Monitoring machining temperature using optical fibers
A strong trend in the aero-engine industry toward reducing engine weight and airline demands for performance improvements are driving efforts to reduce both fuel consumption and emissions. Engine designers are meeting these demands by introducing material that is ever more difficult to machine and generates more heat when machined. Temperature plays an important role in machined surface burns (resulting in surface roughness, imperfections, and residual stresses in the finished component) and higher tool wear rates, which shorten tool life. Tool wear is one of the limiting factors for manufacturing productivity levels. Measuring and controlling temperature in precise locations holds the key to extending tool life and component functional integrity.
Reported ways to measure cutting temperature in some machining processes include thermocouples and IR cameras. These techniques have been reviewed by Barrow and Komanduri among others.1,2 But in most applications, the rotating work piece and the cutting tool are very close and the temperature gradient so high that extremely local measurements are needed. In such cases, thermocouples as contact sensors interfere with the flow of heat, require sufficient time for temperature equilibrium to be reached, and cannot be easily located in limited space. IR thermography is non-intrusive, but the need to know the surface emissivity, the difficulty of installation with a free line of sight from the work piece to the sensor, and its unsuitability for very local measurements are significant disadvantages.
More recently, Müller and Beno, among others, have used an optical fiber to carry IR radiation from the work piece to a photodetector and used the power ratio of two sensors detecting signals at different wavelength ranges to avoid the influence of the temperature and material dependent emissivity.3,4 Optical fibers can be placed to measure localized temperature on machined surfaces and can be embedded in different sections. However, this adds the expense of using two different detectors and reduces sensitivity and temperature range. Most of the reported measured temperatures are greater than 500°C, and placing the sensor requires the cutting machine itself to be modified. To get around some of these problems, we selected wavelength ranges and fiber-optic components that are compatible with commercial off-the-shelf optoelectronics and wavelength division multiplexing optical communication networks. We placed the sensor in the cutting tool holder to avoid modifying the machine.5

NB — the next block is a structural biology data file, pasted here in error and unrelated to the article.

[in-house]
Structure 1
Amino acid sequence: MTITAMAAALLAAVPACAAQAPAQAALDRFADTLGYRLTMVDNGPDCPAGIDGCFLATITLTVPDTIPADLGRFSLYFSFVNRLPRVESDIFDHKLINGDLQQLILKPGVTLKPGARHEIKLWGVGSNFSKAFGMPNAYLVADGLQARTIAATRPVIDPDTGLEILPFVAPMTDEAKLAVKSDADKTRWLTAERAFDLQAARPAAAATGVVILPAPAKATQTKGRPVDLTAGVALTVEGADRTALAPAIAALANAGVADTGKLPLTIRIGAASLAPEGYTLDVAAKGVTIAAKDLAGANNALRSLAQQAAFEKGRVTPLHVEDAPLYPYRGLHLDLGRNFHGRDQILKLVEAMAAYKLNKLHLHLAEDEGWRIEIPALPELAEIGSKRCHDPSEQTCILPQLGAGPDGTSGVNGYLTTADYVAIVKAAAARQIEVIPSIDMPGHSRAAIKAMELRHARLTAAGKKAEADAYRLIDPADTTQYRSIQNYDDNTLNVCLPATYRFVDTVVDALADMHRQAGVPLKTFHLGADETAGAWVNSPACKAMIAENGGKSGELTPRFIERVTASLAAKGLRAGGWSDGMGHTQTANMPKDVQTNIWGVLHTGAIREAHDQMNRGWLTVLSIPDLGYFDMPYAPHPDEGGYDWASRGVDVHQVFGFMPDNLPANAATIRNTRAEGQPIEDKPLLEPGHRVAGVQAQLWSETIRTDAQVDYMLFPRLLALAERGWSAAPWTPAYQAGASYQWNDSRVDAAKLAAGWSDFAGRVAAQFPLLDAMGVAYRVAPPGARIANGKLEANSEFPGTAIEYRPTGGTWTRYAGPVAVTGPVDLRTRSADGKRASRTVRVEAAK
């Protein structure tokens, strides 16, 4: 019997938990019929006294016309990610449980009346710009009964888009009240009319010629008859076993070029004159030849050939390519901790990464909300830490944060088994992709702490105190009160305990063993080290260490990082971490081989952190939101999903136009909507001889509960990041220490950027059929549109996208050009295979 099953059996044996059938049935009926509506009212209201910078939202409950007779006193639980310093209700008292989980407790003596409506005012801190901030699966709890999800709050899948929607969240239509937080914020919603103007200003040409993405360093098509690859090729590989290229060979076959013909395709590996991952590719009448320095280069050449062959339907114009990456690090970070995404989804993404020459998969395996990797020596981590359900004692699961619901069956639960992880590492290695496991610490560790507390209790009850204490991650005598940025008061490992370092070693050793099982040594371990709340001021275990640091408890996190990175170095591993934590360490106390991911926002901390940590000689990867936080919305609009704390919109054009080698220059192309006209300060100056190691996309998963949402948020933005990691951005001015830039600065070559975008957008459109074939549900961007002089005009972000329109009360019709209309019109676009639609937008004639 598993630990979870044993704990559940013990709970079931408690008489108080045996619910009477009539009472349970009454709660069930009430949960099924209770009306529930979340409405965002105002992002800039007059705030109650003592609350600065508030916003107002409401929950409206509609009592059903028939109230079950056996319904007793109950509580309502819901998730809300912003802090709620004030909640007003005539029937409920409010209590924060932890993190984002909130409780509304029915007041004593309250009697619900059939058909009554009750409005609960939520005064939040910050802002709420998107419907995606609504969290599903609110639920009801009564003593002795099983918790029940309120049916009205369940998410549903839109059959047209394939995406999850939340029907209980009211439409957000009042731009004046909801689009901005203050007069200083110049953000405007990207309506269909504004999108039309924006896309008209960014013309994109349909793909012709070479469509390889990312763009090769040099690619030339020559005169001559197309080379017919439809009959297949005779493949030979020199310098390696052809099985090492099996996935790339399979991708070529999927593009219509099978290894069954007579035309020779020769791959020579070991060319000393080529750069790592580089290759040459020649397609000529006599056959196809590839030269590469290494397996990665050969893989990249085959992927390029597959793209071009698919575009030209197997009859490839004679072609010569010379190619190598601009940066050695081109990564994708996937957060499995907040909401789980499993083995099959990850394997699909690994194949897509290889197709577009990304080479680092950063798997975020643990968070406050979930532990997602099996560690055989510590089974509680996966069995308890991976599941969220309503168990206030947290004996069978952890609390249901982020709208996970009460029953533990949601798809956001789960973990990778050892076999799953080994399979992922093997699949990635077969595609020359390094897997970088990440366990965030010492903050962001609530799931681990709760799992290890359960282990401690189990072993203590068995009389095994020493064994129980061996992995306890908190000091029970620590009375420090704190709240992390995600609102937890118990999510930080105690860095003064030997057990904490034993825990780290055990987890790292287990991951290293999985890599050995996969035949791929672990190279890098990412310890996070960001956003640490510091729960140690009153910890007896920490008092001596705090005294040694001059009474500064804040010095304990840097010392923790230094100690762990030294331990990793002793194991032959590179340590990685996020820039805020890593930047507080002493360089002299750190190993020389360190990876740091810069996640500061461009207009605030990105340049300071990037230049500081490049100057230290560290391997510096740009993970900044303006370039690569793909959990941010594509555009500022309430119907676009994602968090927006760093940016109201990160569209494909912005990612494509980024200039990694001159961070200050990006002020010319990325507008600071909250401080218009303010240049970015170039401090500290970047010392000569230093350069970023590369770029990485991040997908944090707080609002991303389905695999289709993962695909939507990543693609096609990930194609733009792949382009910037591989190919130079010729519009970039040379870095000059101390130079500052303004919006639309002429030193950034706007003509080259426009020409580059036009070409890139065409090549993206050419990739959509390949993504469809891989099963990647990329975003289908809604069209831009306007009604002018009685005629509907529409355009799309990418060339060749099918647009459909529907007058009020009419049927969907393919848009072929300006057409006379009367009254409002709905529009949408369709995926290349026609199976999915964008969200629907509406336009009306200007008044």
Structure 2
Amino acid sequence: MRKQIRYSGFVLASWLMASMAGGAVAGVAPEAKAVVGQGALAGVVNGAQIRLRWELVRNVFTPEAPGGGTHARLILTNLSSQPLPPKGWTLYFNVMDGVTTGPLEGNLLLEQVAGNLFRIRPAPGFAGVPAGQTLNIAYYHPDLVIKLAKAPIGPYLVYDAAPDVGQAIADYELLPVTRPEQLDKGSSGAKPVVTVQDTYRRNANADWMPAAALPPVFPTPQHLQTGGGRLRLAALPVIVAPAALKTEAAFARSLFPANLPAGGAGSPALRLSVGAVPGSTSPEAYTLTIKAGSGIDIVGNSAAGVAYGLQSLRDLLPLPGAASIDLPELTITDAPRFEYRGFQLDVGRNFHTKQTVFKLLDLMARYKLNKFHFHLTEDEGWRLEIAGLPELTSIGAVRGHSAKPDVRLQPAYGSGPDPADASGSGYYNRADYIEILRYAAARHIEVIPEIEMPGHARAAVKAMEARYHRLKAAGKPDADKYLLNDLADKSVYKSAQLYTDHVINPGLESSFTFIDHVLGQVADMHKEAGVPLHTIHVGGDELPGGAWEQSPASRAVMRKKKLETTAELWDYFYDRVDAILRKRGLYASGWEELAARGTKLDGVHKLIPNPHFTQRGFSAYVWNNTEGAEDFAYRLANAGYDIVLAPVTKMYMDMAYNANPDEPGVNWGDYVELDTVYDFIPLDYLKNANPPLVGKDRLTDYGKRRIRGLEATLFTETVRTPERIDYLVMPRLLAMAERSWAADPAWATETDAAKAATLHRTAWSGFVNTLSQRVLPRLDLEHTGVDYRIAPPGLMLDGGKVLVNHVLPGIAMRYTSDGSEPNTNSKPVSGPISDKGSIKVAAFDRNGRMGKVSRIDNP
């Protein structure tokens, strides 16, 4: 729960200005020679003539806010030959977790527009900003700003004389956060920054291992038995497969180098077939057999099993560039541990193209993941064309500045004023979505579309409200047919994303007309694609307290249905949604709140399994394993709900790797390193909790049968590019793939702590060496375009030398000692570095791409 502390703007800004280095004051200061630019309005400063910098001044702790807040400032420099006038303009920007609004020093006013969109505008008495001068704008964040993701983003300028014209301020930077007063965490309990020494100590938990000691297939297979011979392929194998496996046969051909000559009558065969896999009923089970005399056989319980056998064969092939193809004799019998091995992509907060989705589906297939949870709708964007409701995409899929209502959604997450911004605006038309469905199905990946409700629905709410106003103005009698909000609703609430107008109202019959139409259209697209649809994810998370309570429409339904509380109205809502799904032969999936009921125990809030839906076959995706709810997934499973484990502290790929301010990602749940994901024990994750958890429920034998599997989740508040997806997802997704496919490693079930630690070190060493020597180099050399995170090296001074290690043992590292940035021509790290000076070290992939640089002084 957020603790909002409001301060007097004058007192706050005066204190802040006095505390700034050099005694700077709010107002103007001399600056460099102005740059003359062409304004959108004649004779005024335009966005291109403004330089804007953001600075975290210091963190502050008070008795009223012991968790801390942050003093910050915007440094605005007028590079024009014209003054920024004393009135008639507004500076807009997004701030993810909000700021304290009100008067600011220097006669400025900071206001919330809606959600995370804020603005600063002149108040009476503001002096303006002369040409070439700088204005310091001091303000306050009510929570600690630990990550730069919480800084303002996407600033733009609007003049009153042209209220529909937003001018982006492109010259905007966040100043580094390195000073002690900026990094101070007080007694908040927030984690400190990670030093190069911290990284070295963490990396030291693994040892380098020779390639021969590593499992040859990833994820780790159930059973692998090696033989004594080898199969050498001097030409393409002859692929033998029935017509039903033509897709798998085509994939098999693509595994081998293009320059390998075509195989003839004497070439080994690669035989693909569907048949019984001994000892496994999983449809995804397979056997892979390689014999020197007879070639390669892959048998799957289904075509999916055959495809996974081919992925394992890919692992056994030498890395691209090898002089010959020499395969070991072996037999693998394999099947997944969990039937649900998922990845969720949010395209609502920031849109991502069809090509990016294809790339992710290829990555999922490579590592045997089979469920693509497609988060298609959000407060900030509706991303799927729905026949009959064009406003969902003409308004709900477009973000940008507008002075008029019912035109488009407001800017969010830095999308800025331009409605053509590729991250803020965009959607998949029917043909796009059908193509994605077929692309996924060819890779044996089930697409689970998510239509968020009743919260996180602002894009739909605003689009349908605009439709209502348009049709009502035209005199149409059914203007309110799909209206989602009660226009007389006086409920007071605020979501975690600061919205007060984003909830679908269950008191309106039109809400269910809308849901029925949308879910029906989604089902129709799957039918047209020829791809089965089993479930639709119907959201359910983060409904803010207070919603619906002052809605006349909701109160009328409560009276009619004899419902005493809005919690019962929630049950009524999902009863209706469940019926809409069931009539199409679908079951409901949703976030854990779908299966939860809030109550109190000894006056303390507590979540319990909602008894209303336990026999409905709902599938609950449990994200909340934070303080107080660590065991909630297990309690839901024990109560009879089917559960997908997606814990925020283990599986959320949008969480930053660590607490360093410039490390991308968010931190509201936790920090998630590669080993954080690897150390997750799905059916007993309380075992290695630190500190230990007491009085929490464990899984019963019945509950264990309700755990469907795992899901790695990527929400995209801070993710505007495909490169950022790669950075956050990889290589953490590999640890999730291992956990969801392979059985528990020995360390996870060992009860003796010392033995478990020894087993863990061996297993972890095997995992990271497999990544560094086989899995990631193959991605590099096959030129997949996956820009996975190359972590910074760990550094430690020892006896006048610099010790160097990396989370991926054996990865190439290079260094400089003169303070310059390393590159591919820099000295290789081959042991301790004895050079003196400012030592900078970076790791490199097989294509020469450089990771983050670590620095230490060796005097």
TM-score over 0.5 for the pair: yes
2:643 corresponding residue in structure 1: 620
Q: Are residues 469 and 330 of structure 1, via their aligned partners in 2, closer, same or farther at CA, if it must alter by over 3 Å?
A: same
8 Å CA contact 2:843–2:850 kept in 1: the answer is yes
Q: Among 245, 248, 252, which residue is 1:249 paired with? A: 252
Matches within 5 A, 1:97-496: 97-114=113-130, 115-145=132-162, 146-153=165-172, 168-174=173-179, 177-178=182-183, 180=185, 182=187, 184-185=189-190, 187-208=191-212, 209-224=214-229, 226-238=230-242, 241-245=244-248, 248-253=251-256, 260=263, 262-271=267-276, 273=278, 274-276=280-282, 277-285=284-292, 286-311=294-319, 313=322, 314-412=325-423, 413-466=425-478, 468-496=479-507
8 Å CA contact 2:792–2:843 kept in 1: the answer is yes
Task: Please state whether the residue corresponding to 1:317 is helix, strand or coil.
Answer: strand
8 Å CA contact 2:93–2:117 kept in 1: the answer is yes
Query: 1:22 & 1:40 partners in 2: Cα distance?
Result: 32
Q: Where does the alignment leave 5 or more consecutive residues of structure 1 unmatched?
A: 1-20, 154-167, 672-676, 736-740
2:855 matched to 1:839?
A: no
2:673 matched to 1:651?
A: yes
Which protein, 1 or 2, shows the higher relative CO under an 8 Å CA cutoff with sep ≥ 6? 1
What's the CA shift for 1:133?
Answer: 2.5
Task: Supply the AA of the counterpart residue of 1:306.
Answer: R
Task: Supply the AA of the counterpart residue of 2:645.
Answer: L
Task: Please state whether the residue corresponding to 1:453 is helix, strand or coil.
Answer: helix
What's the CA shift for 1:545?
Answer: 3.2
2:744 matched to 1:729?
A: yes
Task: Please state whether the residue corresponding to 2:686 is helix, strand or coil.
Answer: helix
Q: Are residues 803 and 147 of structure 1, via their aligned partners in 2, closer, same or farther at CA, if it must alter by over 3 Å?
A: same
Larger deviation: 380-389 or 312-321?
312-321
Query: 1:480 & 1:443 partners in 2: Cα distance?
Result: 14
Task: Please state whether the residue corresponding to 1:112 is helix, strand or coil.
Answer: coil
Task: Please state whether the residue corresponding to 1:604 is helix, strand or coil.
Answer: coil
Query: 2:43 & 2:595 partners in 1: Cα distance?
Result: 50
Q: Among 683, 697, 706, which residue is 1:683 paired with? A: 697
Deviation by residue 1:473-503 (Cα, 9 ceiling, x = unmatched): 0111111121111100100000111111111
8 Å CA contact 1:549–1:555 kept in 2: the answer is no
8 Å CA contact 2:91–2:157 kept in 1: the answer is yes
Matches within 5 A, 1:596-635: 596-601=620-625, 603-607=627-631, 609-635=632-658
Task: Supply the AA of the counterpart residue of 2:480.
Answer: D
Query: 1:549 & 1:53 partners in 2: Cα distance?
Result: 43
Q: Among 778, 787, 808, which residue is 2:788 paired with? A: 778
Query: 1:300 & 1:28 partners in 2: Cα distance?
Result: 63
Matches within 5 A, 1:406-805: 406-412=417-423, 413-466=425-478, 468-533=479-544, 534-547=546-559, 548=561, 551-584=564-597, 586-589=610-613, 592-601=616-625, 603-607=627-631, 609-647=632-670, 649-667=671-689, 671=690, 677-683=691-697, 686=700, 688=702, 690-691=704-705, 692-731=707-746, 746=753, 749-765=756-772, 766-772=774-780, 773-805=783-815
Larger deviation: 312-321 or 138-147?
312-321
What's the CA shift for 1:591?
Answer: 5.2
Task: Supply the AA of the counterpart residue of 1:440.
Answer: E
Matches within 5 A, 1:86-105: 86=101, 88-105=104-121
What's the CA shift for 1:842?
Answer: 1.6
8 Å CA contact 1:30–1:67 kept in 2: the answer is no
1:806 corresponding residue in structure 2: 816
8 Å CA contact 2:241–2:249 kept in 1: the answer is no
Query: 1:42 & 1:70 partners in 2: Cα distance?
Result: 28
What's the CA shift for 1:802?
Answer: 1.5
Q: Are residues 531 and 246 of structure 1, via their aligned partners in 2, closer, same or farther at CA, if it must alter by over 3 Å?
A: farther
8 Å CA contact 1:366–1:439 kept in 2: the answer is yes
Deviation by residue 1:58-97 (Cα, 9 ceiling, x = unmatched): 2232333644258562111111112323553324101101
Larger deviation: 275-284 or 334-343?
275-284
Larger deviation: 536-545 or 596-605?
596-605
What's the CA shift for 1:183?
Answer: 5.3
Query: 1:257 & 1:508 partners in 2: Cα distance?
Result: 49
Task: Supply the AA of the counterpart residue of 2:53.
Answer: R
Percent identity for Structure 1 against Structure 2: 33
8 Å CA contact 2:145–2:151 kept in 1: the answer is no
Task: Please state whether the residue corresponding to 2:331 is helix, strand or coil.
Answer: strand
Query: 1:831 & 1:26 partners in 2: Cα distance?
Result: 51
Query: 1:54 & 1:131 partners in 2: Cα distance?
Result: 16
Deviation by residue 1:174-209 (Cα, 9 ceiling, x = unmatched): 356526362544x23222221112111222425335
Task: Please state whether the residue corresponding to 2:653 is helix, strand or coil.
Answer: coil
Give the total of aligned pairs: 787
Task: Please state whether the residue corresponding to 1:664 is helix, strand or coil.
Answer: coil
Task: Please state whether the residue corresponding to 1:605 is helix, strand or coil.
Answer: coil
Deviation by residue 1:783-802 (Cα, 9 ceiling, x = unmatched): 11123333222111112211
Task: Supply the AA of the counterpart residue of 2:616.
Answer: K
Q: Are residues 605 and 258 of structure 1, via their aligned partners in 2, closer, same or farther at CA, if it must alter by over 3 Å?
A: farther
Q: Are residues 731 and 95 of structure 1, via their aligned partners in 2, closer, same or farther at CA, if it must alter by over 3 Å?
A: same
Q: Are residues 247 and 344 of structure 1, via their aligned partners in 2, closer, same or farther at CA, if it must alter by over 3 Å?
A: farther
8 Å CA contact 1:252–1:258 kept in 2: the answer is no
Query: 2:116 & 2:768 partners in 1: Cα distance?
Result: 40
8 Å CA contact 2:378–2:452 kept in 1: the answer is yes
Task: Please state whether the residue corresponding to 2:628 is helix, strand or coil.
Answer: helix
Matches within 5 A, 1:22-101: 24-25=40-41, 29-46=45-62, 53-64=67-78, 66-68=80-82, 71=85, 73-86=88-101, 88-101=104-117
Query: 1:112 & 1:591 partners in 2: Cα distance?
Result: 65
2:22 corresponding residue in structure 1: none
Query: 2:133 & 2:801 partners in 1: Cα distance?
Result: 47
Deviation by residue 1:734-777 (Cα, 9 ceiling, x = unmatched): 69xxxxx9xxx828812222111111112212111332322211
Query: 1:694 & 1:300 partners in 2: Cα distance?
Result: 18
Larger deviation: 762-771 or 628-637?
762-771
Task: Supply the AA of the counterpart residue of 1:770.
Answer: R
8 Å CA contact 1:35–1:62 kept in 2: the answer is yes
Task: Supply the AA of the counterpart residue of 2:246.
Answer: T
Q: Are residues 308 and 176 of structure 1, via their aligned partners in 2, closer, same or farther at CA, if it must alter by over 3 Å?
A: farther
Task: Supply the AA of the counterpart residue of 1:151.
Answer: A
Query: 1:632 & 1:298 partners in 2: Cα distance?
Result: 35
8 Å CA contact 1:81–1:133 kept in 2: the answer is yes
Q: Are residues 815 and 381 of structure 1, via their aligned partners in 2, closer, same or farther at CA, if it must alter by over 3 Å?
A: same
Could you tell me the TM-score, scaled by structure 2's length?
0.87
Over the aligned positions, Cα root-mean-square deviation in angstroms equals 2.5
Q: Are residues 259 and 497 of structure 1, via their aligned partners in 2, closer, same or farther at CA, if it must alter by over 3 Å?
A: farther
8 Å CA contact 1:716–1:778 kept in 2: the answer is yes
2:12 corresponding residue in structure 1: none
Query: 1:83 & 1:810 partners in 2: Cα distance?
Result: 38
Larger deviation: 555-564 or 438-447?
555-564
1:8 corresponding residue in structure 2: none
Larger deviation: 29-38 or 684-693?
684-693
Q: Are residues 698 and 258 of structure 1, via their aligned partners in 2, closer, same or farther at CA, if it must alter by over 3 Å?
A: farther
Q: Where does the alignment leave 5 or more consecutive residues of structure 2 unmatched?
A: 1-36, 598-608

The two-color pyrometer was calibrated using a black body and a heater and control thermal unit. The sensor was made of standard graded index silica fiber OM1 with 62.5/125 core and cladding diameters in microns, and the buffer coating was partially removed at the sensing end. A fiber-optic demultiplexer separated the signals at both wavelength ranges around 1300 and 1550nm. Figure 1 shows the optical power measurements. The lower wavelength range delimited the minimum temperature that the system can measure, and the power ratio was used to avoid the influence of emissivity variations versus calibration conditions. Remote control operation was performed using LabVIEW software.6
Figure 2 shows a photograph of the fiber optic embedded on the standard tool holder of a cutting tool (Sandvik TCMW 16 T3 08) and perpendicular to the cutting surface within a Pinacho CNC Smart 8 165 machine. The machined material in the experiment is Inconel 718. We analyzed the correlation between temperature evolution and applied forces along the machining process and found they performed as expected. Cutting forces were measured with a tool dynamometer (Kistler 9257B) and a data acquisition system (Keithley 3100).
In summary, our fiber-optic pyrometer designs show promise for analyzing tool wear and component functional integrity after machining. So far our results have shown that we can easily measure temperatures for different materials from 250°C upward from IR radiation, after black body calibration of the system. The results are sufficiently clear to be useful in real machining processes for which we have also obtained preliminary results. Our next step will be to characterize the machining of new materials at different cutting speeds.
This work has been sponsored by the Spanish Ministry of Economy and Competitiveness under grant TEC2012-37983-C03-02.
Carmen Vázquez is a professor at the Department of Electronic Technology and head of the Displays and Photonics Group at UC3M. Her research focus is on optical fiber sensors, integrated optics, and networks. She has more than 200 publications and has been a visiting scientist at the Massachusetts Institute of Technology (MIT). She previously worked at the telecommunications companies TELECOM, Denmark, and Telefónica I+D, Spain.
Alberto Tapetado is a PhD candidate at UC3M. His research interests are optical fiber sensors and integrated optics for monitoring temperature and self-reference techniques. He has been a visiting student at Aston University, UK, and MIT and received a degree in industrial engineering from the University of Castile-La Mancha, Spain.
Henar Miguélez is a full professor in the Mechanical Engineering Department at UC3M, where she obtained her PhD and is also head of the Manufacturing Technologies and Components Design Group. Her research interests focus on machining tools and techniques, and modeling of machining processes and defects. She received a degree in aeronautical engineering from the Polytechnic University of Madrid, Spain.